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The Best in Jewish Films and How to Teach Them

Olga Gershenson

The film program continues to evolve. Last year we experimented with the format, dividing the program into two parts: evening screenings and daytime pedagogical sessions. This year we experiment with the content. Along with the feature-length films and documentaries, we will be screening a series of shorts.

Short films are not widely circulated and are rarely seen in theaters and festivals. As a result, professors are less likely to know about them, even though they are the most useful films in the classroom. With that in mind, we curated a program of international shorts combining entertainment and comedy with serious and even tragic subjects, each of which can be used to trigger an in-class discussion or open a public program. Several of the films we selected are streaming online for free, making them accessible to students and faculty. But please contact the filmmakers and distributors for public performance rights (contact information is included in the program).

We will open the program with two comedies: the first is an episode in a Canadian web-series Yidlife Crisis, with the dialogue entirely in Yiddish. The series’ irreverent humor comes from the banter and kvetching of two Montreal hipsters, best friends and debating adversaries. The second short, 5 Minutes of Your Time, is a dark romantic comedy set in Tel Aviv on the eve of national annihilation. This screening is the US premiere of the film.

Moving from comedy to tragedy, the program continues with a US-Ukrainian production Mother. Set in the Nazi-occupied Ukraine, this film brings to light a rarely seen side of Holocaust history.

In the Footsteps of Regina Jonas also deals with tragic history. This American production pays tribute to Regina Jonas, the first female rabbi, who was ordained in 1935 and died in a Nazi camp. The film highlights her inspiration to contemporary female rabbis.

Another American film in the program is Wandering Rabbi, a sympathetic and humorous look at a young traveling rabbi, on a journey through the American South.

In the longest of the shorts, the Israeli thriller Enta Omri, an IDF unit comprised of both Jewish and Arab soldiers arrives at the army base on the Syrian border, which seems to be abandoned. The action starts when they discover that they are not alone.

The program of feature-length films includes drama Baba Joon, and two documentaries, Aliyah Dada and Café Nagler, which are equally international in scope. Baba Joon, the first Israeli movie in Farsi, is a coming-of-age story set in an Iranian-immigrant community in the Negev. The Romanian Aliyah Dada brings to life the rich and tragic history of Jews in Romania over 130 years, drawing on avant-garde visual style. Café Nagler, an Israeli-German co-production that is part personal narrative and part cheeky mockumentary, juxtaposes the nature of evidence and the power of family story. Each of these films will be introduced by a relevant scholar.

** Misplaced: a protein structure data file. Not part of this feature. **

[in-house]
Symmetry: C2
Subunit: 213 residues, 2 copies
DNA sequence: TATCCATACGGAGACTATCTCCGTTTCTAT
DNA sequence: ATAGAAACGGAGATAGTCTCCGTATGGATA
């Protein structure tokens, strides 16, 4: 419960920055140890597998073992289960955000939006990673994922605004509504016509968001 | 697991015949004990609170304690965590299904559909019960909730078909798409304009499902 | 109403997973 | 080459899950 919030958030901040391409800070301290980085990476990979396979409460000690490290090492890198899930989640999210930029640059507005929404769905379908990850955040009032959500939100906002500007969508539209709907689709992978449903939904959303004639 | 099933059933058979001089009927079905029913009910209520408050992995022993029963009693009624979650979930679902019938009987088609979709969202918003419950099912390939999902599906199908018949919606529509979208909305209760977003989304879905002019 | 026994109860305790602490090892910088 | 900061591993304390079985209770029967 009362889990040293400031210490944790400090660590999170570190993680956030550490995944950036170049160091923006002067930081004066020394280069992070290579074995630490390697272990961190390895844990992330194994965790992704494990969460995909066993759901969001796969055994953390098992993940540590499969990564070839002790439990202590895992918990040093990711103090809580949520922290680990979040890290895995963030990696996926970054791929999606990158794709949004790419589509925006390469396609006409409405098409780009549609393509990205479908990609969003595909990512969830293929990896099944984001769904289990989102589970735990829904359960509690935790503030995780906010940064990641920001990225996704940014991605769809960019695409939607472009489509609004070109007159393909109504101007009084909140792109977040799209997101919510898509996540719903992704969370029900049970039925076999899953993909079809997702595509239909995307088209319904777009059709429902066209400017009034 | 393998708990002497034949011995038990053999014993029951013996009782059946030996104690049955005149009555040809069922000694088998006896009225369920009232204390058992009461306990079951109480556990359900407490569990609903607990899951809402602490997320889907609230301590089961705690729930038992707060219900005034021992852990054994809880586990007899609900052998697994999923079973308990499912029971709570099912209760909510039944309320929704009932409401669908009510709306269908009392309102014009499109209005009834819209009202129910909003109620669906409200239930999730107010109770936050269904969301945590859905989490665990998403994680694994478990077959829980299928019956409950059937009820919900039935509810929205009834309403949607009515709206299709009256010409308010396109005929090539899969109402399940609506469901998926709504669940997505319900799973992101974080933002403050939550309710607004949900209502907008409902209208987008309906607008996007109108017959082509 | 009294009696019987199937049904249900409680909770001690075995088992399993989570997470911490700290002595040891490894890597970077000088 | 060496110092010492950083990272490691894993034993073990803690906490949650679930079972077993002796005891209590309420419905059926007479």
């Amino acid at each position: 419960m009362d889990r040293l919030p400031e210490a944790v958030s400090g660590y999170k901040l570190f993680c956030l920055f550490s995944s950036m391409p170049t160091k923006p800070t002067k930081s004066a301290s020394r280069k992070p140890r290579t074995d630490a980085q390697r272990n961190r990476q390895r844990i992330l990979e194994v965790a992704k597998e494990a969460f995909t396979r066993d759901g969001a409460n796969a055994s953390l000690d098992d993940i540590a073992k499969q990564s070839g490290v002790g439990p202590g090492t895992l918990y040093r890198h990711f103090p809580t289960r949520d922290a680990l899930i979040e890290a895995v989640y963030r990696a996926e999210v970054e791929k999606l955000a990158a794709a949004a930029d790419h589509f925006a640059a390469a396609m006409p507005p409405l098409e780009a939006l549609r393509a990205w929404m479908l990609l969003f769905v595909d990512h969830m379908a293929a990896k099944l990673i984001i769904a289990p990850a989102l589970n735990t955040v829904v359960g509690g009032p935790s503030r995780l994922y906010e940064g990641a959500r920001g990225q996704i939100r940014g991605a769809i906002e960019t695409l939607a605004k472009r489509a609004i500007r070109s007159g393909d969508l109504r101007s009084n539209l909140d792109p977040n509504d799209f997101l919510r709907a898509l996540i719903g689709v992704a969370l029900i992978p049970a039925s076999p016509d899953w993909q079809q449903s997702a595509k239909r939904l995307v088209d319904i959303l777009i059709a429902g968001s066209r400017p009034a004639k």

Continuing a successful debut last year, the Film Committee will offer a pedagogy session, dedicated to opportunities and strategies for using film in the classroom (developed in collaboration with the Pedagogy Division). This year’s focus will be on Israel Studies. The session will offer hands-on, practical demonstrations suggesting ways in which to select and present a film (or a film clip), situate it in the context of accompanying readings, and facilitate classroom discussion.

The first presentation, by Olga Gershenson, will suggest ways of teaching about competing Israeli and Palestinian narratives through film pairings, using as an example an American blockbuster Exodus (1960) and an international art film Kedma (2002). Sara Horowitz will demonstrate how to use the 1964 Israeli hit Sallah Shabati to open up conversations about evolving representations in cinema and popular culture, including stereotypes of ethnicity, race, and gender. Dalit Katz’s presentation on an Israeli comedy Zero Motivation (2014) will show how contemporary films can foster better understanding of Hebrew and Israeli cultural specificity. Collectively, panelists will create a useful toolbox for instructors of courses in the field of Israeli history and culture.

Please join us at both the film screenings and our pedagogy session. We look forward to hearing which films that we suggested earlier you found useful in your classroom or public programming, and what kind of films you want to see in the future.

Olga Gershenson is chair of the AJS Conference Film Committee and professor, Judaic and Near Eastern Studies and Film Studies at the University of Massachusetts-Amherst.